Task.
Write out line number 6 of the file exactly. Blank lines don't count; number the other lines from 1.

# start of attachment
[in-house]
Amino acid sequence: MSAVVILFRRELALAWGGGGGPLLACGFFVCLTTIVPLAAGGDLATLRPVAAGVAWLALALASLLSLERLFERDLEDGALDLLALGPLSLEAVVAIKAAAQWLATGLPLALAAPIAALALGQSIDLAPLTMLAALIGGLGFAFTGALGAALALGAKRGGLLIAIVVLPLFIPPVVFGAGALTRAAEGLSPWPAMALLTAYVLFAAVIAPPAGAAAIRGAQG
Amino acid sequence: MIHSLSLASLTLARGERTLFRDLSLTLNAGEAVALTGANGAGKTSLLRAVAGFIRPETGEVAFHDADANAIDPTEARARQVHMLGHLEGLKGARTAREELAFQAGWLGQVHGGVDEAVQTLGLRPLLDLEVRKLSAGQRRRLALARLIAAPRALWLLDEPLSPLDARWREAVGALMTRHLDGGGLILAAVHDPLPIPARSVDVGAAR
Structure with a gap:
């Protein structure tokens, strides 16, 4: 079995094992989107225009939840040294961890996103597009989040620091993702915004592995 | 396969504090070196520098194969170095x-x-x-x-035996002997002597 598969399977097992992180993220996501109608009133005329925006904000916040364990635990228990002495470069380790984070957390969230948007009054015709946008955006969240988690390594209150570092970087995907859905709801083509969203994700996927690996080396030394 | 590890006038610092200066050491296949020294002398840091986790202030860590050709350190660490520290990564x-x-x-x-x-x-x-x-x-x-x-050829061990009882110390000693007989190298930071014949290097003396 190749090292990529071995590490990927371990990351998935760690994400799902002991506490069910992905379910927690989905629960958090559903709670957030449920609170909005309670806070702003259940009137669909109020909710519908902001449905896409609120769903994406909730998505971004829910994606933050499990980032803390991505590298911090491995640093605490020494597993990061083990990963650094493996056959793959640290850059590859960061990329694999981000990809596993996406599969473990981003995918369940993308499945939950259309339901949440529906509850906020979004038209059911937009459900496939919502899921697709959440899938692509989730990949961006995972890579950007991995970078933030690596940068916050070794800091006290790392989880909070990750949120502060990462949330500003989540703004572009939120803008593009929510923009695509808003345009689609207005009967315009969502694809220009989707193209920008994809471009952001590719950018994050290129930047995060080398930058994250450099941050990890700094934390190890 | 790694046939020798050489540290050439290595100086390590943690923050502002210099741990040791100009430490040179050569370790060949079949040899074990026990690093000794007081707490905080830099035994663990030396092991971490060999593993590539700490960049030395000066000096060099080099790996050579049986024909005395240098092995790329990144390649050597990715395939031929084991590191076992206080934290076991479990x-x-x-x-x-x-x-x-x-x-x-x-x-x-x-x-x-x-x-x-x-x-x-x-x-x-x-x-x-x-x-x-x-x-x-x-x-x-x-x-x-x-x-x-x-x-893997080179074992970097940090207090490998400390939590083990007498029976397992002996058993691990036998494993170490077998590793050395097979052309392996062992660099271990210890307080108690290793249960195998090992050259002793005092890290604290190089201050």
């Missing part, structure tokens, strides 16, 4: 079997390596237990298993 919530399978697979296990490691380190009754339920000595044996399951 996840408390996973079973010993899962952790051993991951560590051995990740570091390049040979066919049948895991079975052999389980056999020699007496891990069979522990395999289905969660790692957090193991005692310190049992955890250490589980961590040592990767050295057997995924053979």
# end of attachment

């Missing part, structure tokens, strides 16, 4: 079997390596237990298993 919530399978697979296990490691380190009754339920000595044996399951 996840408390996973079973010993899962952790051993991951560590051995990740570091390049040979066919049948895991079975052999389980056999020699007496891990069979522990395999289905969660790692957090193991005692310190049992955890250490589980961590040592990767050295057997995924053979």